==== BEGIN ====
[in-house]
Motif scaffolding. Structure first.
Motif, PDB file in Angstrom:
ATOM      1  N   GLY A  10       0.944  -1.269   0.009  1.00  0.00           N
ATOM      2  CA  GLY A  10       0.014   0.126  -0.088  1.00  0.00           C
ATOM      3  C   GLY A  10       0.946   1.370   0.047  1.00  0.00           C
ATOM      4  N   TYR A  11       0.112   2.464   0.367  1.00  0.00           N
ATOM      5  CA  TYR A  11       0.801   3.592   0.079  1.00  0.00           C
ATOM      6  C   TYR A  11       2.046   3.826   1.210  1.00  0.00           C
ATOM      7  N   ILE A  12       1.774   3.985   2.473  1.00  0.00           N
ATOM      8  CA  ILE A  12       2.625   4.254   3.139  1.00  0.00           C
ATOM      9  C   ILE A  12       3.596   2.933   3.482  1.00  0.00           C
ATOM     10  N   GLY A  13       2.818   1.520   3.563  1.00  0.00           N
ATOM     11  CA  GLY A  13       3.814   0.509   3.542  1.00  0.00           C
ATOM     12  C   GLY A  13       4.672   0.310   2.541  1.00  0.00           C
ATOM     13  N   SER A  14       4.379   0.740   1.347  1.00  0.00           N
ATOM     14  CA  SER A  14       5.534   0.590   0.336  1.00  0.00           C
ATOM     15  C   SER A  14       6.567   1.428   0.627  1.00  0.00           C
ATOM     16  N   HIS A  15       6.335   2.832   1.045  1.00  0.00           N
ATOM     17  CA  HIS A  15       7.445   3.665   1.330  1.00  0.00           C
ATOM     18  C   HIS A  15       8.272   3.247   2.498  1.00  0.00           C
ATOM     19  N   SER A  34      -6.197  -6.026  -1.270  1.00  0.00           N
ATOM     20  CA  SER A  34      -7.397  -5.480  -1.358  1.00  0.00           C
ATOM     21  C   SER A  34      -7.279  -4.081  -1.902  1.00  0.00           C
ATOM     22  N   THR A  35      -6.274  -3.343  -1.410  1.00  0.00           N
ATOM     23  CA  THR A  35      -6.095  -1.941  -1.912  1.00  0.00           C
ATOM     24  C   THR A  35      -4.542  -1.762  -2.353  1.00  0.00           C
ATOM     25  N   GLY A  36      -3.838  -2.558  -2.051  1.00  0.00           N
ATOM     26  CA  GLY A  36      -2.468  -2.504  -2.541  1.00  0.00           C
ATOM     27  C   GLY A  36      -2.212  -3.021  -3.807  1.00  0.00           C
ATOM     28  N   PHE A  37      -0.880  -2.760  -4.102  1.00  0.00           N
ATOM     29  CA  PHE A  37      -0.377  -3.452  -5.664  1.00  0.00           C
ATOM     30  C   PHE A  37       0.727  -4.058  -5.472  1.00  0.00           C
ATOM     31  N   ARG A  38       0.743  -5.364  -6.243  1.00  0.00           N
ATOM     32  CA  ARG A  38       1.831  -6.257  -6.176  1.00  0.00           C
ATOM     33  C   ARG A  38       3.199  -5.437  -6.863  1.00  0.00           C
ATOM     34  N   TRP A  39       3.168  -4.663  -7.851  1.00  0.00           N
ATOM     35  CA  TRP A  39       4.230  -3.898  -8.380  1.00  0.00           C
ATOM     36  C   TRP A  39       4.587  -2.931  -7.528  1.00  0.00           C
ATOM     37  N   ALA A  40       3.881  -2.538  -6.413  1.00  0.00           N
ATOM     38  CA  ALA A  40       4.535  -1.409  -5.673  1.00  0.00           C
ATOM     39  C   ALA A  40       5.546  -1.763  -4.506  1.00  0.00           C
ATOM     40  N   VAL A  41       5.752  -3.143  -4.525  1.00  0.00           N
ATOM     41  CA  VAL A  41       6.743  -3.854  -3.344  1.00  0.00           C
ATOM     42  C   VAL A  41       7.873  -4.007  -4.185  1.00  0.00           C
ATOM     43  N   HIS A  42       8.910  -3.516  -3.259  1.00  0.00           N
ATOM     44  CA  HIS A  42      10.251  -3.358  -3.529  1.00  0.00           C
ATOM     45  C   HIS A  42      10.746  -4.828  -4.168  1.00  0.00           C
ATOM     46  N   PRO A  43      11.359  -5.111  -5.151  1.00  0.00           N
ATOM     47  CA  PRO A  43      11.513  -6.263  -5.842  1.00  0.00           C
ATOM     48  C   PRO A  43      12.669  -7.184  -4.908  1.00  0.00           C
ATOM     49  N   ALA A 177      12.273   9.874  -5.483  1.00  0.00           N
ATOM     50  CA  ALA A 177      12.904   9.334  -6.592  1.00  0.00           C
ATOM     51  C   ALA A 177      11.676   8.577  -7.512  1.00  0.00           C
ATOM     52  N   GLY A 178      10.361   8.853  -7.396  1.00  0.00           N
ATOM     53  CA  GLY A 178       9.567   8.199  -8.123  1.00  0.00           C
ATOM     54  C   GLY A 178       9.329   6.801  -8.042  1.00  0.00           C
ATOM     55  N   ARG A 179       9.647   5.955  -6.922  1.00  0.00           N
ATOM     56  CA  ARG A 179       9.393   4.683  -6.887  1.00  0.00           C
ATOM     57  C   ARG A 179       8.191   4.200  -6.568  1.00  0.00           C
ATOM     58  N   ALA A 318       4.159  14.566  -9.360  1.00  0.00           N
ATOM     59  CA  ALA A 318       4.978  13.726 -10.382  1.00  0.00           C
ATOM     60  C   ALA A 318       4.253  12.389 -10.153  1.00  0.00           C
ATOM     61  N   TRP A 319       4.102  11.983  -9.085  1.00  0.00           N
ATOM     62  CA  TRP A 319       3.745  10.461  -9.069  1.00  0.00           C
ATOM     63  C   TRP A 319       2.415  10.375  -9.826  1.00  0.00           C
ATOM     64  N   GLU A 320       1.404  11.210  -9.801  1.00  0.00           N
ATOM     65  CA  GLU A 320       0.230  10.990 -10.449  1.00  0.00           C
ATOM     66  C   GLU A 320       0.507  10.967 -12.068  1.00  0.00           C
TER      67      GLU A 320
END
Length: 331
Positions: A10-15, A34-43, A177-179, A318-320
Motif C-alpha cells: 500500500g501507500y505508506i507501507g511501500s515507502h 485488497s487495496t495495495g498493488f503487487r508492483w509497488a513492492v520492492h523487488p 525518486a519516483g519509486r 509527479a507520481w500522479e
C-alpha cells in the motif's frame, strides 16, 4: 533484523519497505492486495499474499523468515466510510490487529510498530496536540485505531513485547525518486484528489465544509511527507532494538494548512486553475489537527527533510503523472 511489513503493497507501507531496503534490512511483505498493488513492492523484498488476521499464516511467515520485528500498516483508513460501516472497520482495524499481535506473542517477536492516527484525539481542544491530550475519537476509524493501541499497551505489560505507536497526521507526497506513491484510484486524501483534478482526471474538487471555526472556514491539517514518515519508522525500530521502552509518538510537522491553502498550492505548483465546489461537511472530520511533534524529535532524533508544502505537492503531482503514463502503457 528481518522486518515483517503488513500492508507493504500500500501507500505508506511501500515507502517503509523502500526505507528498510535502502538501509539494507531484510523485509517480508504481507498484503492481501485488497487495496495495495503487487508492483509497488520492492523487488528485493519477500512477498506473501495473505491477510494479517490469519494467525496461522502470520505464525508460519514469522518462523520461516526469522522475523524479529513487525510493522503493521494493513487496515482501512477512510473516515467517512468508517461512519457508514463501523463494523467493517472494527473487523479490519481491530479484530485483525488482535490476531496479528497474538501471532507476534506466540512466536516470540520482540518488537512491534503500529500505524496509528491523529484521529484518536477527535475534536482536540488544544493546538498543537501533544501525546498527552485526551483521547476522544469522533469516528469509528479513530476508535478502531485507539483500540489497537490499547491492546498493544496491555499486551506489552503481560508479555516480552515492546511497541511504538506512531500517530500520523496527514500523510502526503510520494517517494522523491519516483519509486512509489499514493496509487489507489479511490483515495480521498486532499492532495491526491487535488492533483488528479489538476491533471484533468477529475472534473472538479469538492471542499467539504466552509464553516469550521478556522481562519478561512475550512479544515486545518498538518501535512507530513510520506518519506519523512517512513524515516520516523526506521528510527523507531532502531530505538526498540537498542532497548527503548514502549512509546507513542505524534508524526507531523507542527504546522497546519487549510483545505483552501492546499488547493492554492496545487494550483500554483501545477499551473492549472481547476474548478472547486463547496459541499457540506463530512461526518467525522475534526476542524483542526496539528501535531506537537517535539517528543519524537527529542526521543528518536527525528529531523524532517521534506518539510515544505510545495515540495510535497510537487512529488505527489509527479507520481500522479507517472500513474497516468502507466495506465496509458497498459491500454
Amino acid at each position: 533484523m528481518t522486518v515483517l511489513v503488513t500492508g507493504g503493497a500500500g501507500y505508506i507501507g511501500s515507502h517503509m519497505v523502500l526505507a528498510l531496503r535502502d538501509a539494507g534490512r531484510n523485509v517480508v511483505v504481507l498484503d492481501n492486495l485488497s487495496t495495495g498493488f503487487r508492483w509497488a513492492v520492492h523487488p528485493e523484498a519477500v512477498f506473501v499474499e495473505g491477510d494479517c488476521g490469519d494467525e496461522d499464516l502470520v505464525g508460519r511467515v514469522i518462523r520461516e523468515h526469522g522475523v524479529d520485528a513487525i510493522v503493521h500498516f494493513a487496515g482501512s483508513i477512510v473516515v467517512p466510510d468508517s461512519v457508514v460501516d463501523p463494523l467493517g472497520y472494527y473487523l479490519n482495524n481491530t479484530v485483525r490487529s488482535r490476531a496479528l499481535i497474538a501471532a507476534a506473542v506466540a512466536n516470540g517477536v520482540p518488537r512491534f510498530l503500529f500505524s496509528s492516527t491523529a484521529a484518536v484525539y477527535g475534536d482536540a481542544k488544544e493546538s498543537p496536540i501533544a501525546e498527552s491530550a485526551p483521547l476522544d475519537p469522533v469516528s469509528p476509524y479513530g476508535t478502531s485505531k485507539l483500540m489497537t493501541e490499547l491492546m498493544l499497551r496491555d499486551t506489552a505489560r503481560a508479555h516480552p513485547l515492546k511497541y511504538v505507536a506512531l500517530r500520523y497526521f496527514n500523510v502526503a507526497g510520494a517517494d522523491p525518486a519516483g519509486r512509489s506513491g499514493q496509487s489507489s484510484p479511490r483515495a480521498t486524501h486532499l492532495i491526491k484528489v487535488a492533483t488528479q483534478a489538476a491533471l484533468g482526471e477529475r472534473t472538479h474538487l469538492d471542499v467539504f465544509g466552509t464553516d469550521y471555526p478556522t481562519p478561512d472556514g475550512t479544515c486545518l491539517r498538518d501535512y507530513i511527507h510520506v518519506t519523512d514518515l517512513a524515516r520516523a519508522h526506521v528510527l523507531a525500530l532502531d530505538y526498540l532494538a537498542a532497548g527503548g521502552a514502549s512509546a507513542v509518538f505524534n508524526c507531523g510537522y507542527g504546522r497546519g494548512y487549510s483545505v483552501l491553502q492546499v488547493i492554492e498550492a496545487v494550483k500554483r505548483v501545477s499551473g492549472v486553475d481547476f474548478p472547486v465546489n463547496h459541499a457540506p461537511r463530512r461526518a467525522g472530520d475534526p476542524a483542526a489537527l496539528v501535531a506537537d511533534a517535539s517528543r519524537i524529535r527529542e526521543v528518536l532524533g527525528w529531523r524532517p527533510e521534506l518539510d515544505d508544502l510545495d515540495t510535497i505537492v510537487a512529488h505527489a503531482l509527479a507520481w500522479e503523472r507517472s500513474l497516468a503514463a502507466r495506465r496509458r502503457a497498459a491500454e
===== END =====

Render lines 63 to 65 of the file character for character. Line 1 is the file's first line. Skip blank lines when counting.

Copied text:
ATOM     60  C   ALA A 318       4.253  12.389 -10.153  1.00  0.00           C
ATOM     61  N   TRP A 319       4.102  11.983  -9.085  1.00  0.00           N
ATOM     62  CA  TRP A 319       3.745  10.461  -9.069  1.00  0.00           C